I’m the wrong gender and not old enough to be a curmudgeon, but if there were a female version of this word, I would employ it here. Since I can’t find one on Merriam Webster’s site, I will go ahead and use the word.
If anything could make me curmudgeonly, it would be the lack of editing and proofreading in published material. I accept that for texts and tweets, a shortened version of English words and phrases is useful. I can understand that Facebook, by its informal nature, does not require that we write the same way we would in school or at work.
However, I am slowly being driven insane by the sloppily-edited books I read, by misused words on websites and in newsletters, and by misspellings everywhere.
For example, I read a lot of mysteries. One of the pleasures of this genre for me has always been that it’s light reading, yet intellectually stimulating enough that I’m not bored. These days, the Intellectual stimulation I get is mentally correcting sentence structure and noting continuity errors.
There is one mystery writer. Who writes. Like this. I understand that an occasional incomplete sentence can provide emphasis, but this is so distracting that I lose the sense of what is written. I like her characters, the settings of her books and sometimes even the plot, but I can no longer read her books because. Her sentence structure. Is so annoying.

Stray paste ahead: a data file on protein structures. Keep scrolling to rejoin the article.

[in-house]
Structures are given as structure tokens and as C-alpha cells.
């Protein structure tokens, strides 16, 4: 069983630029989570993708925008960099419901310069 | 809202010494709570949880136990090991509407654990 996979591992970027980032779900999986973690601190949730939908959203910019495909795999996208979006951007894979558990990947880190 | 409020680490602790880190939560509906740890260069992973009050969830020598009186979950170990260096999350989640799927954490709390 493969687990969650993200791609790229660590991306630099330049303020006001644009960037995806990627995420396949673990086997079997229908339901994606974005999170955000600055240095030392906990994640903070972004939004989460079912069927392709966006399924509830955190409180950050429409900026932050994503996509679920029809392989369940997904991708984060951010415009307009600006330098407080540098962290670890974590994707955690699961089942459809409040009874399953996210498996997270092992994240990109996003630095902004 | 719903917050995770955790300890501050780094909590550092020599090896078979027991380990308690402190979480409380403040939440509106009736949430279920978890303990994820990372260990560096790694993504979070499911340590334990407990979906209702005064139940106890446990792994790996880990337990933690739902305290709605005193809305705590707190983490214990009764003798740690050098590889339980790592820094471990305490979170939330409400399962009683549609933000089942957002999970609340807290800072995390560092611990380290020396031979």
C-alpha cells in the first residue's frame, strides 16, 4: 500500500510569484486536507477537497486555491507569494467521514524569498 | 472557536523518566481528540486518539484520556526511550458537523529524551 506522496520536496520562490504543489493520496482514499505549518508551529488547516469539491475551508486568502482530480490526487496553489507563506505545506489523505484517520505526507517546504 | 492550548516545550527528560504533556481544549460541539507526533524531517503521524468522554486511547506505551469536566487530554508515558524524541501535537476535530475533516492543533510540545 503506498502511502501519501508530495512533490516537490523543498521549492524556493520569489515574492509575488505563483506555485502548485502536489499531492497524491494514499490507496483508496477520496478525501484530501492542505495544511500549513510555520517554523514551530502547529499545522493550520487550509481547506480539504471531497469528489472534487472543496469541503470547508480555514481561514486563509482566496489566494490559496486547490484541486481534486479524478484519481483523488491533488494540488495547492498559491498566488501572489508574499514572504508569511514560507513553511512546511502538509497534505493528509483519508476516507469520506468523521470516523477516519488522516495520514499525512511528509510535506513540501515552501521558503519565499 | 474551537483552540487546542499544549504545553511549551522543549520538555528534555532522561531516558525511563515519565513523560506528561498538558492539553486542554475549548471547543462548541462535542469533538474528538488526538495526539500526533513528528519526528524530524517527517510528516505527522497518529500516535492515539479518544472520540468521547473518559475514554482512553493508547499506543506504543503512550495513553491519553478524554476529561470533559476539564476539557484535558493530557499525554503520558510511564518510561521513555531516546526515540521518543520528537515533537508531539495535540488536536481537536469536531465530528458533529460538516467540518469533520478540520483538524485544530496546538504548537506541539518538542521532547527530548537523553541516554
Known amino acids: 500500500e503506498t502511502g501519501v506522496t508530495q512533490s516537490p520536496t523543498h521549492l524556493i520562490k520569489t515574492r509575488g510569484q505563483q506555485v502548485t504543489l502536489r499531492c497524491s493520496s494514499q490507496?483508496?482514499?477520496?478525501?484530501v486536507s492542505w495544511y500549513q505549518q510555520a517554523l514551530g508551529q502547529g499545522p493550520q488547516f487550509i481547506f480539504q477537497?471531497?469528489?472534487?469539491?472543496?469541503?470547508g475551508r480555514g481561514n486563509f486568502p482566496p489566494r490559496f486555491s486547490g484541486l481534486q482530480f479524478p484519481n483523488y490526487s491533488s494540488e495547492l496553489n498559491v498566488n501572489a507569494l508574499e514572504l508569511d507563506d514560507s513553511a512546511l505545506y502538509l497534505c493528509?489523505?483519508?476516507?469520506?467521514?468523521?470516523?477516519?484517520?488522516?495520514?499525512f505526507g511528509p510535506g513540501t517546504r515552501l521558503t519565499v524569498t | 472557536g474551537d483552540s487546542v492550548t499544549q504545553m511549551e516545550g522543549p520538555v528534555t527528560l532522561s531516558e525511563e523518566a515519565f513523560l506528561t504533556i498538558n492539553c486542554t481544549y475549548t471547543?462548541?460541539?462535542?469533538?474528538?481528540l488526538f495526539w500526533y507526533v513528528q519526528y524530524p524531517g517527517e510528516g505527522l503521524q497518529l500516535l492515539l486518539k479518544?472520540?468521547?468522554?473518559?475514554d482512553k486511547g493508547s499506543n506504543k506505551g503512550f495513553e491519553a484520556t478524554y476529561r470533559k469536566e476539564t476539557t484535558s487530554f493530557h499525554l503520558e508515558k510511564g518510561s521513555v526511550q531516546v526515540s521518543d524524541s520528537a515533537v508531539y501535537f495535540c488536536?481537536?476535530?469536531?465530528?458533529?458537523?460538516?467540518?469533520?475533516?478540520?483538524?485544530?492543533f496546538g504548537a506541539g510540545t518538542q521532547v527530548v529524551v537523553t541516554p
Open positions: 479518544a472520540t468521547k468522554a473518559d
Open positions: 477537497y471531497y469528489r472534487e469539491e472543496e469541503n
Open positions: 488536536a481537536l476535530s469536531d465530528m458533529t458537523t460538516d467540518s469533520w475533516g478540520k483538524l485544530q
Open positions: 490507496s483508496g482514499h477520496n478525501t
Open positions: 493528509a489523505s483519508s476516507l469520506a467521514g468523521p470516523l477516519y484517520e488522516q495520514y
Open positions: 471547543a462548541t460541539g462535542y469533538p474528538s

Don’t even get me started on sentences that start with words that I was taught introduce a clause in an existing sentence. Because that’s another pet peeve.
Websites are rife with examples of sloppy editing or perhaps no editing at all. During a recent heat wave, the headline on an article about reducing energy consumption referred to ‘preserving’ energy. I am all in favor of conserving energy, but I refuse to boil it with sugar, put it in sealed jars, and place it on my pantry shelves.
One of my favorite goofs appeared in an article I read recently on a major news site. The writer stated that the subject of the article had been arrested for ‘pubic intoxication.’ Really?
Believe me, I understand how mistakes happen; what seems to be missing these days is the awareness that one might have made a mistake and the will to correct it. This may be old-fashioned of me, but I think sloppy language is a sign of sloppy thinking. At best, it’s annoying; at worst, it’s potentially dangerous, even life-threatening. Please, editors and writers, pay attention!